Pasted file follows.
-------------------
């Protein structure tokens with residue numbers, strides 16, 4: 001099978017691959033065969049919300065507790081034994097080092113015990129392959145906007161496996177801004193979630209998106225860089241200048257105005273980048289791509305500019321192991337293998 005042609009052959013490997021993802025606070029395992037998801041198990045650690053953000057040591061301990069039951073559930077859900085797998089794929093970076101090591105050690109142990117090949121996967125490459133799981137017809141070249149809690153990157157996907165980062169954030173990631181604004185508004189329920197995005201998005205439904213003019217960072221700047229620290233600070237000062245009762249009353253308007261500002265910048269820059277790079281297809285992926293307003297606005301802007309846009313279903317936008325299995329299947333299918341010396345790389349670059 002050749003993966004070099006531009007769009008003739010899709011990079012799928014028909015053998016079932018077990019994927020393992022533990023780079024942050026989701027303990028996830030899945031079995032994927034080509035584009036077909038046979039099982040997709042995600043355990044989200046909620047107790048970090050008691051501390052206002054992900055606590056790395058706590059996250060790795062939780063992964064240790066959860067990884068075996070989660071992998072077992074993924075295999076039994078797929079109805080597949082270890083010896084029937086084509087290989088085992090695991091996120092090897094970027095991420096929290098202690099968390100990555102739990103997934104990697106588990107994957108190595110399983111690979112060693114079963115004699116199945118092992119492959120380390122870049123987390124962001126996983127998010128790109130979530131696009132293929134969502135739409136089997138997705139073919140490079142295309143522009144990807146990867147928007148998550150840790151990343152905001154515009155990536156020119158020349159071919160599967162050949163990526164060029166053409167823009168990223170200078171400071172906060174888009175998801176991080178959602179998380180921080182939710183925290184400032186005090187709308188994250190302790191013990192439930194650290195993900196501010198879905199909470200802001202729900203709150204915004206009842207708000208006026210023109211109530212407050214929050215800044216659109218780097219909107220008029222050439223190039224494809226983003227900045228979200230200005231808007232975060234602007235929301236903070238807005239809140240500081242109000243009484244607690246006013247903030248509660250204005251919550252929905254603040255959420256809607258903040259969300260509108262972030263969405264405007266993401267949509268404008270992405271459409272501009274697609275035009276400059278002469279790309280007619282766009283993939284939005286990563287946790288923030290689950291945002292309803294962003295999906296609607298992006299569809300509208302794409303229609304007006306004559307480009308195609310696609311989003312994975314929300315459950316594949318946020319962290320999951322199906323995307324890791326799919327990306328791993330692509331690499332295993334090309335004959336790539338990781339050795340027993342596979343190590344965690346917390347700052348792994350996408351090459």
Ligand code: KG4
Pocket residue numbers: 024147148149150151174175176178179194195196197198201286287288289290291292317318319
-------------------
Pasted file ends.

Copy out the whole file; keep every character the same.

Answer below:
């Protein structure tokens with residue numbers, strides 16, 4: 001099978017691959033065969049919300065507790081034994097080092113015990129392959145906007161496996177801004193979630209998106225860089241200048257105005273980048289791509305500019321192991337293998 005042609009052959013490997021993802025606070029395992037998801041198990045650690053953000057040591061301990069039951073559930077859900085797998089794929093970076101090591105050690109142990117090949121996967125490459133799981137017809141070249149809690153990157157996907165980062169954030173990631181604004185508004189329920197995005201998005205439904213003019217960072221700047229620290233600070237000062245009762249009353253308007261500002265910048269820059277790079281297809285992926293307003297606005301802007309846009313279903317936008325299995329299947333299918341010396345790389349670059 002050749003993966004070099006531009007769009008003739010899709011990079012799928014028909015053998016079932018077990019994927020393992022533990023780079024942050026989701027303990028996830030899945031079995032994927034080509035584009036077909038046979039099982040997709042995600043355990044989200046909620047107790048970090050008691051501390052206002054992900055606590056790395058706590059996250060790795062939780063992964064240790066959860067990884068075996070989660071992998072077992074993924075295999076039994078797929079109805080597949082270890083010896084029937086084509087290989088085992090695991091996120092090897094970027095991420096929290098202690099968390100990555102739990103997934104990697106588990107994957108190595110399983111690979112060693114079963115004699116199945118092992119492959120380390122870049123987390124962001126996983127998010128790109130979530131696009132293929134969502135739409136089997138997705139073919140490079142295309143522009144990807146990867147928007148998550150840790151990343152905001154515009155990536156020119158020349159071919160599967162050949163990526164060029166053409167823009168990223170200078171400071172906060174888009175998801176991080178959602179998380180921080182939710183925290184400032186005090187709308188994250190302790191013990192439930194650290195993900196501010198879905199909470200802001202729900203709150204915004206009842207708000208006026210023109211109530212407050214929050215800044216659109218780097219909107220008029222050439223190039224494809226983003227900045228979200230200005231808007232975060234602007235929301236903070238807005239809140240500081242109000243009484244607690246006013247903030248509660250204005251919550252929905254603040255959420256809607258903040259969300260509108262972030263969405264405007266993401267949509268404008270992405271459409272501009274697609275035009276400059278002469279790309280007619282766009283993939284939005286990563287946790288923030290689950291945002292309803294962003295999906296609607298992006299569809300509208302794409303229609304007006306004559307480009308195609310696609311989003312994975314929300315459950316594949318946020319962290320999951322199906323995307324890791326799919327990306328791993330692509331690499332295993334090309335004959336790539338990781339050795340027993342596979343190590344965690346917390347700052348792994350996408351090459």
Ligand code: KG4
Pocket residue numbers: 024147148149150151174175176178179194195196197198201286287288289290291292317318319